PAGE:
Meeting the Needs of Transgender People in San Francisco: A Clinician's Perspective
Emily Newman, BETA; Posted Nov 19, 3:55 p.m. ET
Individuals who identify as transgender often are confronted with insurance restrictions, safety concerns and psychosocial barriers in order to access medically necessary gender dysphoria health care services.
Is Dolutegravir Alone Enough to Control HIV?
Liz Highleyman, BETA; Posted Nov 19, 3:51 p.m. ET
Dolutegravir (Tivicay, DTG) may be able to suppress HIV when used with just one other well-tolerated drug, and may be able to keep viral load undetectable when used alone, according to studies presented at EACS 2015.
Diagnosing Bed Bugs: A San Francisco HIV Clinical Dermatologist Dispenses Advice
Emily Newman, BETA; Posted Nov 19, 3:47 p.m. ET
In San Francisco, Erin Amerson, M.D., has seen evidence of a bed bug epidemic. Many of her HIV patients live in densely populated areas of the city and in large apartment complexes. "Once one apartment has bed bugs, the whole building has it," Amerson says.
A Prominent Role for Innate Immunity in Eradicating HIV
Jeffrey Laurence, M.D., amfAR, The Foundation for AIDS Research; Posted Nov 19, 3:03 p.m. ET
Most studies for eradicating hidden HIV -- the major obstacle to a cure -- suggest that a treatment approach alone will not be enough. An HIV-positive person's immune system must be stimulated to play an active role as well.
Everyone living with HIV has a story to tell. Find out how to share your own experiences in one or both of the series below, which feature the writings of readers like you.
Regardless of where or how it happened, the day you received your HIV-positive diagnosis was likely among the most intense days you'll ever live through. Some of TheBody.com's readers have generously shared their experiences -- to reflect on how they've changed, and so that others would know that they too can survive, and even thrive, following that fateful day. How did you get through it?
Many types of medications can save or improve lives, but they can also have unintended consequences. For some people living with HIV, taking meds can be a complicated cycle -- and for others, a Sunday stroll. Medication side effects can be mild or life altering, horrible or even pleasurable; some people living with HIV never experience any at all. It seems like everyone's got a story about side effects. What's yours?
HIV Drug Resistance Study Highlights Need for Viral Load Tests, Affordable Second-Line Treatments
Antigone Barton, Science Speaks; Posted Nov 19, 2:39 p.m. ET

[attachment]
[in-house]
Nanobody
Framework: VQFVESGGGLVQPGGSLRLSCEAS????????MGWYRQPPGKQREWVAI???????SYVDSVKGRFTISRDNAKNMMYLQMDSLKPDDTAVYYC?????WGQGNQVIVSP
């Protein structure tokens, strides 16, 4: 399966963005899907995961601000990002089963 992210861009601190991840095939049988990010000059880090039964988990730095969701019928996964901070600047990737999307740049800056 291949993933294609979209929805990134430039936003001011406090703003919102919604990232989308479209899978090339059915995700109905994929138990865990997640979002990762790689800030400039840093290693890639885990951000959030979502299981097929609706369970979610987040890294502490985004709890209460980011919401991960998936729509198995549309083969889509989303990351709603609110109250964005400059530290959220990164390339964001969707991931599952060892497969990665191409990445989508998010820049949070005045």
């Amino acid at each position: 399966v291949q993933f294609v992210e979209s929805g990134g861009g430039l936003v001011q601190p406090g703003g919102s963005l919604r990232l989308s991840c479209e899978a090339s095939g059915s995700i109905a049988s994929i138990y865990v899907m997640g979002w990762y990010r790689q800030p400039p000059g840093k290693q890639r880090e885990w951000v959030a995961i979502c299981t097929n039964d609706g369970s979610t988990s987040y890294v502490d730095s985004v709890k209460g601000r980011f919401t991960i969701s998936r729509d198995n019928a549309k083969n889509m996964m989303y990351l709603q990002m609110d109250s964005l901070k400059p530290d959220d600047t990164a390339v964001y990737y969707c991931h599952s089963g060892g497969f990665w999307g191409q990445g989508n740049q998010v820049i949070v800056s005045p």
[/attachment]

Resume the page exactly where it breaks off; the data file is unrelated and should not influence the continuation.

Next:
Before treatment even began, more than 5% of people living with HIV in southern Africa had viruses that were resistant to at least one of the first line of HIV drugs, which called for a switch to a second, less accessible and more expensive treatment.
Early HIV Meds Caused Body Shape Change, but Bert Perseveres
Candace Y.A. Montague, TheBody.com; Posted Nov 19, 2:17 p.m. ET
"Medications have gotten better over the years and you don't have to take as many as you used to or at the exact same time of day," Bert explains, "But the lipodystrophy and lipoatrophy symptoms never went away."
HIV and Body Shape Changes: Where and What Kind?
Roger Pebody, TheBody.com; Posted Nov 19, 1:45 p.m. ET
Body shape changes remain a reality for some people living with HIV. But where do they happen in the body? And what kind of changes are we talking about? Roger Pebody explains.
The Charlie Sheen Moment You Probably Missed
Mark S. King, MyFabulousDisease.com; Posted Nov 19, 11:54 a.m. ET
Mark S. King remains struck by the eyes of a vulnerable man during his singular, desperate moment of grace.
My Health Tracker can help you organize your HIV treatment information privately and securely in one place. This way, you can take better charge over your health, and you and your doctor can have even more productive conversations about your treatment.
Registration takes only a couple of minutes, requires no personal info, and you'll be able to pick up where you left off at any time.
Charlie Sheen and $10 Million Worth of HIV Stigma
Jennifer Power, The Conversation; Posted Nov 18, 1:23 p.m. ET
In the four years since his HIV diagnosis, Charlie Sheen said he has paid at least $10 million to buy people's silence about his HIV status. That Sheen -- a longtime supporter of HIV charities -- would pay this much to keep his status private is indicative of the level of stigma still attached to HIV.
Tenofovir Alafenamide (TAF) in People With Kidney Dysfunction
Sean R. Hosein, Canadian AIDS Treatment Information Exchange; Posted Nov 18, 12:06 p.m. ET
In general, tenofovir alafenamide (TAF) is safe, with improvements in bone and kidney health over tenofovir disoproxil fumarate (TDF). However, those with severe kidney disease may not see improvements in kidney health, according to a recent study.
Which Black Lives Matter? 2015 U.S. Conference on AIDS Informs, Inspires and Reminds
Reggie Smith, TheBody.com; Posted Nov 18, 12:53 a.m. ET
Blogger Reggie Smith decries the lack of focus on experiences of heterosexual black men at the U.S.'s largest HIV community meeting.
Charlie Sheen's Disclosure Brings Exploitation of HIV-Positive People to Light
Aaron Laxton, TheBody.com; Posted Nov 18, 12:39 a.m. ET
"The exploitation of people living with HIV is not a new phenomenon. I have heard countless stories of how a person will hold that information over a former friend's or ex-lover's head," Laxton says.
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